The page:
The Jakarta Post
The idea that a tourist could fall in love with Jakarta, notorious for its traffic and pollution, so much so that they would want to revisit the capital might seem bizarre for Jakartans, who oftentimes try to escape the suffocating city.
However, it is exactly what New Yorker Paul Mentz plans to do.
Last week, Mentz was on a four-day business trip in Jakarta. As it was his first time visiting Jakarta, he decided to spend a whole day touring the megapolitan. First he visited the National Monument (Monas) along with his four co-workers. While strolling around the monument, they saw the Istiqlal Grand Mosque and the Jakarta Cathedral and decided to pay a visit.
The scorching sun that day did not curb his enthusiasm. Mentz was impressed by the fact that the mosque had been built right across the cathedral.
“Well, this is my first time here so that’s interesting in itself. I was not sure what was here but I like what I saw. We went to the monument already, that was nice […] What’s interesting is that the mosque is right across from a church.” Mentz said recently while sweat dripped from his forehead.
Even though Jakarta was crowded and the weather was hot and humid, Paul said it was OK, as his hometown, New York, was also crowded.
The sights that the city offers is enough to make him want to return with his wife.
“I told my wife, ‘if I bring you back here, we’re probably going to [rent] a resort upon the water’ as we like the ocean and beach. We would do that if we come back here. I told her that I would take her to Jakarta,” said Mentz.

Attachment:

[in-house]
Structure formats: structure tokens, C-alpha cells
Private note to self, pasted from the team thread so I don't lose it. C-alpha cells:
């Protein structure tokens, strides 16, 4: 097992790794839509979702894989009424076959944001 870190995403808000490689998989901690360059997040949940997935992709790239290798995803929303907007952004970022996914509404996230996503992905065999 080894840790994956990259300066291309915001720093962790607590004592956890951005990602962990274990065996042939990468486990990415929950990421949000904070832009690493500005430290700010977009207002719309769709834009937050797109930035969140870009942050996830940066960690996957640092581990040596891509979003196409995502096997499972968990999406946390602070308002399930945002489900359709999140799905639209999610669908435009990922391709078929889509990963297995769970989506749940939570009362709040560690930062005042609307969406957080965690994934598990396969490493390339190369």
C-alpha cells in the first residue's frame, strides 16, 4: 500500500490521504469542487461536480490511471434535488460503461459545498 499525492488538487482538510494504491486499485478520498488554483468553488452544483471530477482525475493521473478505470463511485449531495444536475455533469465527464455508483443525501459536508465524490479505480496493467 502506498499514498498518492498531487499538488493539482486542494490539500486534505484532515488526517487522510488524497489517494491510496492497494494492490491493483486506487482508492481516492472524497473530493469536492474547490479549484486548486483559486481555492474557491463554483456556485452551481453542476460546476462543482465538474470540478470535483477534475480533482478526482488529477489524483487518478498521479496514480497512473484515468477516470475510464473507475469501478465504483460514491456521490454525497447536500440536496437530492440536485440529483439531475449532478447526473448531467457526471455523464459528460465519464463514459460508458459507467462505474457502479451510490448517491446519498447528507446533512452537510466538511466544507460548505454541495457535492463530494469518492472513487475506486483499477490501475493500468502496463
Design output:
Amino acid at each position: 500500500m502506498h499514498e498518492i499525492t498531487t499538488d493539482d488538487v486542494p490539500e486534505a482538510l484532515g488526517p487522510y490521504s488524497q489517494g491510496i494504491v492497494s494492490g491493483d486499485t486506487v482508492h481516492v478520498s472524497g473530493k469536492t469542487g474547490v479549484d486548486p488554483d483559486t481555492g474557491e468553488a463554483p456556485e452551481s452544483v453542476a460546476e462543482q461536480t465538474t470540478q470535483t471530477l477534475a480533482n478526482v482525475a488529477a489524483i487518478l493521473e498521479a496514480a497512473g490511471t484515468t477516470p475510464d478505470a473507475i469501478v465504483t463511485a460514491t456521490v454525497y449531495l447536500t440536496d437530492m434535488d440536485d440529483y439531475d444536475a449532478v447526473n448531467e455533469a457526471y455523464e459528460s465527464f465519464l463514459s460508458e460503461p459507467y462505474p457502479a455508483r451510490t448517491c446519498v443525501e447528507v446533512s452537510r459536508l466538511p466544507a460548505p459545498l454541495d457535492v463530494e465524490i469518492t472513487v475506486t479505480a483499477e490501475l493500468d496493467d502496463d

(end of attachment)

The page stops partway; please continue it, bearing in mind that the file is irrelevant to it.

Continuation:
With tall buildings sprawling throughout the metropolitan, Jakarta might not be able to offer breathtaking natural landscapes for foreign tourists on vacation. However the city offers several historic sites, such as Kota Tua, a vibrant night life and an increasing number of five-star hotels and facilities for meetings, incentives, conferences and exhibitions (MICE).
According to Jakarta Central Statistics Agency (BPS) data, the number of foreign tourists visiting Jakarta increased by 5.4 percent to 2.5 million last year from 2.3 million in 2015. Most of the tourists are Chinese citizens, which account for 321,000 tourists, followed by Malaysia and Japan with 288,000 and 200,000 visitors, respectively.
Jakarta Tourism Agency head Catur Laswanto said Jakarta might offer a different travel experience as most foreigners came to the capital for business. The agency sees it as an opportunity to lure business travelers to extend their visit or revisit the city.
“Our hotels here can compete at the international level and are affordable enough,” Catur said, adding that amiable services could prompt businesspeople to stay longer for non-business matters.
Mentz, for instance, was pleased with the service of the hotel where he stayed, a five-star hotel in Central Jakarta, which offers a view of the Senayan Golf Course. “We’ve played golf at the golf course. It’s beautiful.”
Besides world-class accommodation, Jakarta is also home to various music festivals, such as the Java Jazz Festival and Djakarta Warehouse Project (DWP), which attract tourists worldwide to visit the city.
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The city administration will support such events by easing permit issuance, ensuring security and cutting taxes for the events, according to Catur.
The agency also plans to finish renovations at Kota Tua next year in a bid to attract more foreign tourists.
“We are upbeat that the number of foreign tourists will increase by at least 10 percent this year,” Catur said.
Meanwhile, Nathan Bernfield from Sydney, who visited Jakarta in 2015, said he would want to go back to the city to have the chance to mingle with locals and attend music festivals.
“I would not want to go to any tourist attractions […] and maybe stay for a longer period of time to appreciate the city more. And probably attend some music events and visit the port in North Jakarta [Tanjung Priok Port],” he said. “As a foreigner, I simply enjoy meeting locals and getting to know a city through conversations and interactions with them.”